The idea is simple enough, Stack says. Empowerment as a business philosophy has been the focus of discussion in corporate environments for years. However, excessive micromanagement has interfered with many corporations’
“The idea is simple enough,” Stack says. “By implementing practices that help employees feel confident, capable, and in control of the outcome of their work, they feel empowered to do that work effectively;
“Ideally, this ensures commitment to the company's core mission and vision, which results in greater productivity over the long term.”
But does the theory actually work? Stack says that empowering non-managerial employees has proven to work resoundingly in real world applications, with studies showing that the most productive employees are those who “own” their work – that is to say, they have a say in how they perform their job and are fully engaged in the outcome.
Empowered employees aren't just proud of their work, Stack says, they're more productive than their disempowered colleagues.
“In general, they're more satisfied with their work, so they bring in more business by making customers happier, which translates into greater profits,” Stack says.
And this theory holds true in both the individual and collective senses. From a hardnosed financial perspective, employee empowerment is good business.
In her blog, Stack examines those so-called empowerment attempts that so many corporations have tried in the past with predictable results: motivational posters and catchy slogans circulated – empty gestures that serve to do little more than give management the illusion that they’re motivating staff.
In her blog, Stack addresses those empowerment philosophies that actually allow staff members to make decisions about their work, within certain guidelines. The latest empowerment theories that are infiltrating new corporate management models are based on the philosophy that, when properly implemented, empowerment gives workers the authority to do their jobs, to think for themselves, and make decisions without the fear of being micromanaged right out of a great idea, system, or opportunity.
“The critical point in getting empowerment to work is to get management to actually commit to it,” Stack says. “Often the concept of empowerment sounds great, but it fizzles quickly when management fails to actually make it an effective part of their corporate culture.”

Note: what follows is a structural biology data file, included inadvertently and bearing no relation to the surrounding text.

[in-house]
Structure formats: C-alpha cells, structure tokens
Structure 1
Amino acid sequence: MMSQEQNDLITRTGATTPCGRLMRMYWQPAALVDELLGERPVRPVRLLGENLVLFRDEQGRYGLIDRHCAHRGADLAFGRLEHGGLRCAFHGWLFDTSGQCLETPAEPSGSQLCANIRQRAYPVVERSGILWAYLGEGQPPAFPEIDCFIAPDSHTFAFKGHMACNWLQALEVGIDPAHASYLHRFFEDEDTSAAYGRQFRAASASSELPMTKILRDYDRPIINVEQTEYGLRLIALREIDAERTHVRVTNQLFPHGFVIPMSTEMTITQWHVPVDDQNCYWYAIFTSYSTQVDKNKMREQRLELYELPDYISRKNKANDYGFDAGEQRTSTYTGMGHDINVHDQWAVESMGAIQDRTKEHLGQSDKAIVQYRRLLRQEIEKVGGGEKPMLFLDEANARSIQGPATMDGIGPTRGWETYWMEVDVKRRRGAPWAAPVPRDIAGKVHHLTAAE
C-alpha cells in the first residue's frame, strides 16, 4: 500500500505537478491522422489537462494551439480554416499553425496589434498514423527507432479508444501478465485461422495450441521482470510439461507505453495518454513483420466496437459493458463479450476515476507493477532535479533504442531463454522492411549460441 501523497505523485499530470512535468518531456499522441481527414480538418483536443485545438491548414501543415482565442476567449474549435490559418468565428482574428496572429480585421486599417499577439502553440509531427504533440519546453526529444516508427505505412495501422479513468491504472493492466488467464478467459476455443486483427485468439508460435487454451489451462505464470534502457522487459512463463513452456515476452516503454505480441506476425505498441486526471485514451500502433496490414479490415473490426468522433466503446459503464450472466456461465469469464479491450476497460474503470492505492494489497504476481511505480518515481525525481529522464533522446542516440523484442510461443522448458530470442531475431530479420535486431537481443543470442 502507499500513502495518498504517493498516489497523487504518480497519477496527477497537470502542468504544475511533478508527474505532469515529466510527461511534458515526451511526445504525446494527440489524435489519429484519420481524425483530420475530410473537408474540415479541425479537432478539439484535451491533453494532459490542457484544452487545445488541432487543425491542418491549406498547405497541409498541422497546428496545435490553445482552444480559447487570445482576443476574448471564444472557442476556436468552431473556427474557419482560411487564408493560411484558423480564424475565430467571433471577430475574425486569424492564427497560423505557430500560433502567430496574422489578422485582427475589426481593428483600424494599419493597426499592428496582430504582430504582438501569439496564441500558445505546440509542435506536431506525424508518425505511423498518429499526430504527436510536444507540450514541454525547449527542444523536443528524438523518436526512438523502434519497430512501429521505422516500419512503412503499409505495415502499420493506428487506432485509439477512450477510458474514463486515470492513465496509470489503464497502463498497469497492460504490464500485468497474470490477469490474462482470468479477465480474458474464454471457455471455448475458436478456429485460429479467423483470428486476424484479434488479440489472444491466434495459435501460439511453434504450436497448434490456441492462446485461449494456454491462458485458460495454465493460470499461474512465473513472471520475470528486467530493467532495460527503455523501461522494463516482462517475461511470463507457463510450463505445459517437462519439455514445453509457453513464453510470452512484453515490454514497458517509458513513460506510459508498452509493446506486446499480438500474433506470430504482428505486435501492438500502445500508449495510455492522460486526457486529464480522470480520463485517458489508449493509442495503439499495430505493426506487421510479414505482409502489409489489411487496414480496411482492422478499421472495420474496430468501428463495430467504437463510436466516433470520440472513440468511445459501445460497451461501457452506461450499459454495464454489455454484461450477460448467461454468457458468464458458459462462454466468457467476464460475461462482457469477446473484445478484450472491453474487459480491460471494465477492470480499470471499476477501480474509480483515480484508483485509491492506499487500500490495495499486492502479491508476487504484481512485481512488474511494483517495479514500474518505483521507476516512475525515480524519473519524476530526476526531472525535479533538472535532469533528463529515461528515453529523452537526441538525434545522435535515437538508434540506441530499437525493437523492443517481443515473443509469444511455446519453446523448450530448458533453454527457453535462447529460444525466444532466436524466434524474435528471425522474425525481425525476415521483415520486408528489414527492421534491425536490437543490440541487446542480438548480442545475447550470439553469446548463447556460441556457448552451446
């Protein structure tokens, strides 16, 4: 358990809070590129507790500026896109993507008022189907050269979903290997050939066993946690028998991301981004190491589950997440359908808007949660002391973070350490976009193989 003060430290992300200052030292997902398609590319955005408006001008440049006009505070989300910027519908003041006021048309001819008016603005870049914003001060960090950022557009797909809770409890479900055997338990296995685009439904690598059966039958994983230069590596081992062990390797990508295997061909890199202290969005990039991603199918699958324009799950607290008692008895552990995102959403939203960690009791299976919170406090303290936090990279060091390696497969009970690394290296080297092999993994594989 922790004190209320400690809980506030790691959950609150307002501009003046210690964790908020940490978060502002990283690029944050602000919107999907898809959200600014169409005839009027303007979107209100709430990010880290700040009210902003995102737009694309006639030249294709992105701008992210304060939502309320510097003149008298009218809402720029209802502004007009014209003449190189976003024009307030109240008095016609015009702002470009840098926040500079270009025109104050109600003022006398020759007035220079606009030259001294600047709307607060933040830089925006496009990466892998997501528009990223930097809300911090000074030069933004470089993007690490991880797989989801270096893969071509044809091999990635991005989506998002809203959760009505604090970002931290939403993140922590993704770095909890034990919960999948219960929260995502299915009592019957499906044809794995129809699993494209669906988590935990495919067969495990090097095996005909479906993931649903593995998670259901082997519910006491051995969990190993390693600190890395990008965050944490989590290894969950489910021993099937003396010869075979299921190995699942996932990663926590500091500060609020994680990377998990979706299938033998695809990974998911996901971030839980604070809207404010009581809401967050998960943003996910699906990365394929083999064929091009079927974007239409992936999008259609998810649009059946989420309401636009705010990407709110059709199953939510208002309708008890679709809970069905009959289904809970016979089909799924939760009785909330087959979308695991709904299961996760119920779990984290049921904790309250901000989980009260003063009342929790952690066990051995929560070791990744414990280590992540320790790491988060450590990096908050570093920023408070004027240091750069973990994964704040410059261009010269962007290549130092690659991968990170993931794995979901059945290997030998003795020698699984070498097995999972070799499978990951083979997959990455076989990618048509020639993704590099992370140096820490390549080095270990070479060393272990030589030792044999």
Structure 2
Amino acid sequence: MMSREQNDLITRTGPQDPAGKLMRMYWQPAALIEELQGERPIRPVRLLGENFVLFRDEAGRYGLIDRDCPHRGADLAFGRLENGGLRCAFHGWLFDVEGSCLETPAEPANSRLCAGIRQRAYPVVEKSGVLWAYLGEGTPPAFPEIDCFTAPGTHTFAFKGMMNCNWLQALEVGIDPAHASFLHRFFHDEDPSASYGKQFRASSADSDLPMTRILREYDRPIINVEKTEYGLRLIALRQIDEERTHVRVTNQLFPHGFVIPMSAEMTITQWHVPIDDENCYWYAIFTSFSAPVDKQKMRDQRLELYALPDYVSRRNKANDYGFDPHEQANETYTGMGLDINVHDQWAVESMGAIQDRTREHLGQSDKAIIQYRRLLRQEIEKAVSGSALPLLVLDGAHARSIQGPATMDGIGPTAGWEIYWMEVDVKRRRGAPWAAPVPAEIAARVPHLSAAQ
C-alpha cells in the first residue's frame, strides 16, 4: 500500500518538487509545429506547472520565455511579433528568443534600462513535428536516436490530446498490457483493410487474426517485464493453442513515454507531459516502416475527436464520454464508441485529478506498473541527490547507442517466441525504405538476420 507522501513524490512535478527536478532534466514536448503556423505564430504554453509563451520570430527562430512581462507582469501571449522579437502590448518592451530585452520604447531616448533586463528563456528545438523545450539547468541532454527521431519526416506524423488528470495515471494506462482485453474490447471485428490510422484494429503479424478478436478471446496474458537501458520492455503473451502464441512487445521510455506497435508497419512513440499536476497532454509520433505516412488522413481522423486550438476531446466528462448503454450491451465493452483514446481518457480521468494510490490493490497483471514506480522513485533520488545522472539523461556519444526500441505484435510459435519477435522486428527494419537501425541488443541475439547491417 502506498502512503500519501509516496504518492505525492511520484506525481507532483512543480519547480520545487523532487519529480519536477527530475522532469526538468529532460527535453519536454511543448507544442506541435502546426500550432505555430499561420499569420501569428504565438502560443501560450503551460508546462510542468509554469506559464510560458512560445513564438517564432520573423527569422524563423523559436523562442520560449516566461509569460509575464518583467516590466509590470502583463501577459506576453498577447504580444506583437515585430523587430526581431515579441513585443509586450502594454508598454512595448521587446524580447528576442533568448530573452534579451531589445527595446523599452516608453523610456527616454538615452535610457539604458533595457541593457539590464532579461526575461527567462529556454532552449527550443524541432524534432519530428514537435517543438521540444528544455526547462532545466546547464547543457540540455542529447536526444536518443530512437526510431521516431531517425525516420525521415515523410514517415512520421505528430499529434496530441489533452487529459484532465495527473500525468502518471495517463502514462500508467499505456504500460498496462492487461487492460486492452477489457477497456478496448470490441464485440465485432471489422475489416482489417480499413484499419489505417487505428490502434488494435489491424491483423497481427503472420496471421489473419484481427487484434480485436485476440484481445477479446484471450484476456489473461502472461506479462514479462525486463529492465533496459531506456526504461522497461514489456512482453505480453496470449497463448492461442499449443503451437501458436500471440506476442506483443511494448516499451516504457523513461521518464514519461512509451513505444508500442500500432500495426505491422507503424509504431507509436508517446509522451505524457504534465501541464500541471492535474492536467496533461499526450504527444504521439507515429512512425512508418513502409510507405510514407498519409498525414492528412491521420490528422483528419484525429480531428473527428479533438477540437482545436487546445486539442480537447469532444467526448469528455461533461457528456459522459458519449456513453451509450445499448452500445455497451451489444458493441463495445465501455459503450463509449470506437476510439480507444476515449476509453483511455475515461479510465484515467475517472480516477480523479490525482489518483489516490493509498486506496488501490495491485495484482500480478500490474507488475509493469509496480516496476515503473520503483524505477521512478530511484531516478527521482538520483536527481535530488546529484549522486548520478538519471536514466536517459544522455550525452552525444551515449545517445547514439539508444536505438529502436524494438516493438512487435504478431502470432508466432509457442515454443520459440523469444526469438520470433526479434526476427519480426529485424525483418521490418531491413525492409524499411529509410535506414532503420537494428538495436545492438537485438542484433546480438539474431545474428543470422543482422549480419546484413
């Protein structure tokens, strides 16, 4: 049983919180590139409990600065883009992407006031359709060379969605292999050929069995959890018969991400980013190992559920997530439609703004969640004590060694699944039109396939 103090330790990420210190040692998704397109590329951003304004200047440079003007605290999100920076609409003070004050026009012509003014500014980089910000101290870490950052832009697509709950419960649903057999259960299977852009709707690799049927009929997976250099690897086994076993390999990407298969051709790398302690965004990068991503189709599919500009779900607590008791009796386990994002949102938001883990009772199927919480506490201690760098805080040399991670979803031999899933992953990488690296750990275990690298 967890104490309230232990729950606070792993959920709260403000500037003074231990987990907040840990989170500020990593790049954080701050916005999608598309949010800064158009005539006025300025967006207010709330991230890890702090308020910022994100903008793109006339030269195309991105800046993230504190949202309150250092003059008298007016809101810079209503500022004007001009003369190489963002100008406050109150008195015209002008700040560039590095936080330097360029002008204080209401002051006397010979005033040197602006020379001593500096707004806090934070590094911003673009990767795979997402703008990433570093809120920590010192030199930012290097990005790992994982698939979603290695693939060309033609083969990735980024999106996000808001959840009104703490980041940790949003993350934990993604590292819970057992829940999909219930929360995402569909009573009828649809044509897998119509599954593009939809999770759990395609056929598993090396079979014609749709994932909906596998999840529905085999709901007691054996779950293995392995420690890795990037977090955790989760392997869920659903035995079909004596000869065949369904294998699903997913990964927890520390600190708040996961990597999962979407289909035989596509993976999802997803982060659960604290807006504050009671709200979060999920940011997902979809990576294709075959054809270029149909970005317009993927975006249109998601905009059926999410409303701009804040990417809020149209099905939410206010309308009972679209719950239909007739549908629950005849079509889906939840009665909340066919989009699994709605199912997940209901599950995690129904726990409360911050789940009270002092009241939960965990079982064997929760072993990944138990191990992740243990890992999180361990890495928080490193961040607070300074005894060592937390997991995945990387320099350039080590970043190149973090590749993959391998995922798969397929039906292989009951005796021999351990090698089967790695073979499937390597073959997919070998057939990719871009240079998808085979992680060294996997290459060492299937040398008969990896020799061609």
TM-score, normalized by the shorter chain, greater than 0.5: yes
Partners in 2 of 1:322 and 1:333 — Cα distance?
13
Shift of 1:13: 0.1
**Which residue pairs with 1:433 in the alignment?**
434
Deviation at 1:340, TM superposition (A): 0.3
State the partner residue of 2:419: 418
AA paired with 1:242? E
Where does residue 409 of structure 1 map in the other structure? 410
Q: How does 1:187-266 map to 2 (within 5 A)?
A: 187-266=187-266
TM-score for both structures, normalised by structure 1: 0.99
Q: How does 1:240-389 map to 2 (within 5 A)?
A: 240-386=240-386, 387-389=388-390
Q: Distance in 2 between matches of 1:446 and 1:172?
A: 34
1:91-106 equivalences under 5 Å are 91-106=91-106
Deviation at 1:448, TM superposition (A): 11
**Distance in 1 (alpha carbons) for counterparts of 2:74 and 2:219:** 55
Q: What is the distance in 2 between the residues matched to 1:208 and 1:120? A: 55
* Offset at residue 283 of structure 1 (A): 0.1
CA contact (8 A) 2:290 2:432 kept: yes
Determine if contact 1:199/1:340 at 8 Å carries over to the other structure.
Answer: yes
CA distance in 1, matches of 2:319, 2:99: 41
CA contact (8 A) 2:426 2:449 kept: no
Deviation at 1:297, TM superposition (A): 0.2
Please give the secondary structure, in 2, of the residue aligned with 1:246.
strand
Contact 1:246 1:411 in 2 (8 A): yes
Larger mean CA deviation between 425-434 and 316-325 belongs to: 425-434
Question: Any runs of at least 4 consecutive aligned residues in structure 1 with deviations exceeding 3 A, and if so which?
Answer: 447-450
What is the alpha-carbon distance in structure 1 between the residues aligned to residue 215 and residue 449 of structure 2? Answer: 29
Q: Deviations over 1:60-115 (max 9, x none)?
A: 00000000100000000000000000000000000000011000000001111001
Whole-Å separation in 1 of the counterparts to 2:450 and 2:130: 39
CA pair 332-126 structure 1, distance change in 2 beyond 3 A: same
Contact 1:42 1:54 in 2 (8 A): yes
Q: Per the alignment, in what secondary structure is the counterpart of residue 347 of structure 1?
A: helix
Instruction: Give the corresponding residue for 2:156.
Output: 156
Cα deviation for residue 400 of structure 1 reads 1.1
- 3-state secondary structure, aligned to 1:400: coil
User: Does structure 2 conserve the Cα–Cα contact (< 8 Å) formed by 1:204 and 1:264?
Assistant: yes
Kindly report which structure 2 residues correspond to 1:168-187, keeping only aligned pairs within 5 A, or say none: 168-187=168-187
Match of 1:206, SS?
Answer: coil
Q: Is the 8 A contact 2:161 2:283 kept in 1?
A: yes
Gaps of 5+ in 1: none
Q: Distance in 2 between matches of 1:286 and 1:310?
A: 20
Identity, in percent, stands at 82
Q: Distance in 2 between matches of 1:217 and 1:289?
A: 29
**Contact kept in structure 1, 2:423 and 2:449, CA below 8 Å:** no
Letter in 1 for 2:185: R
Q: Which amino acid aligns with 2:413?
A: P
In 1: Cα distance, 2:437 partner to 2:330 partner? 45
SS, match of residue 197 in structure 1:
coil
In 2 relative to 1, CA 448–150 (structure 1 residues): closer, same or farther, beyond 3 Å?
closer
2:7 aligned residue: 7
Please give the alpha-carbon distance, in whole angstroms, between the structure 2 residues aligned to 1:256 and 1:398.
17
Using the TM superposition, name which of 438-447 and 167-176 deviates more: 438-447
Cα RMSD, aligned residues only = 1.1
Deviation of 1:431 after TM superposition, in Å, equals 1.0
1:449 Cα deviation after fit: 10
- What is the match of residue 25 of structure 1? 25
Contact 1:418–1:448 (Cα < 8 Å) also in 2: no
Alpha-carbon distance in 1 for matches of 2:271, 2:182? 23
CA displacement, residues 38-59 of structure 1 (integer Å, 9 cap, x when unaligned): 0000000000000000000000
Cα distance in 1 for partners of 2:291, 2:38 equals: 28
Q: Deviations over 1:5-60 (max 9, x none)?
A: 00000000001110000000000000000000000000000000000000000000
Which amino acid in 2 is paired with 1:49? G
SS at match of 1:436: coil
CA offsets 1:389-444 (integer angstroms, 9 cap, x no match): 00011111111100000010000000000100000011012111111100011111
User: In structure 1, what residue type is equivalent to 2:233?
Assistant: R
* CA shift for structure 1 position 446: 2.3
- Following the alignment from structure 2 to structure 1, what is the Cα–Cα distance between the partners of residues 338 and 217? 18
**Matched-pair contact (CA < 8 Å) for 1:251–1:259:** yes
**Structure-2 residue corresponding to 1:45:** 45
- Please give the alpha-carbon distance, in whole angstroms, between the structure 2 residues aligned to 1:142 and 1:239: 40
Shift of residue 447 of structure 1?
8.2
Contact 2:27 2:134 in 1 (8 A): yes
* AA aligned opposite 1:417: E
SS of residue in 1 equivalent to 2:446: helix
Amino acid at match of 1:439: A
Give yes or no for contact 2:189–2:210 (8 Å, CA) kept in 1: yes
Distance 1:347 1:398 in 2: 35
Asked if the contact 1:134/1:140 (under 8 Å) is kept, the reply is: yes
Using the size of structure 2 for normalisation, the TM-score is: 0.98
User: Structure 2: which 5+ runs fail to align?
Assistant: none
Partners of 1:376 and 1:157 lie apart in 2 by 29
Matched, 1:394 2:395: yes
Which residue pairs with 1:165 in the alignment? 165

Stack says she is just scratching the surface when it comes to discovering new theories corporations must address in order to improve and maintain employee productivity.
“All this does take some work on the part of management, of course, and it's here, unfortunately, that the process breaks down,” she says. “Too often, managers are unwilling to put in the effort necessary to achieve the level of empowerment that can make productivity take off like a rocket.”
In her blog, Stack discusses options for changing the old corporate mindset of micromanaging by implementing steps that are reasonable and attainable.
To learn more about employee empowerment and productivity, visit The Productivity Pro website, Send an Email to Laura@TheProductivityPro.com, or call (303) 471-7401.
About Laura Stack:
Laura Stack is a time management and productivity expert who has been speaking and writing about human potential and peak performance since 1992. She has implemented employee productivity improvement programs at Wal-Mart, Cisco Systems, UBS, Aramark, and Bank of America. Stack presents keynotes and seminars internationally for leaders, entrepreneurs, salespeople, and professional services firms on improving output, lowering stress, and saving time in the workplace.
The president of The Productivity Pro®, Inc., a time management firm specializing in high-stress environments, Stack is the bestselling author of five books: “SuperCompetent”
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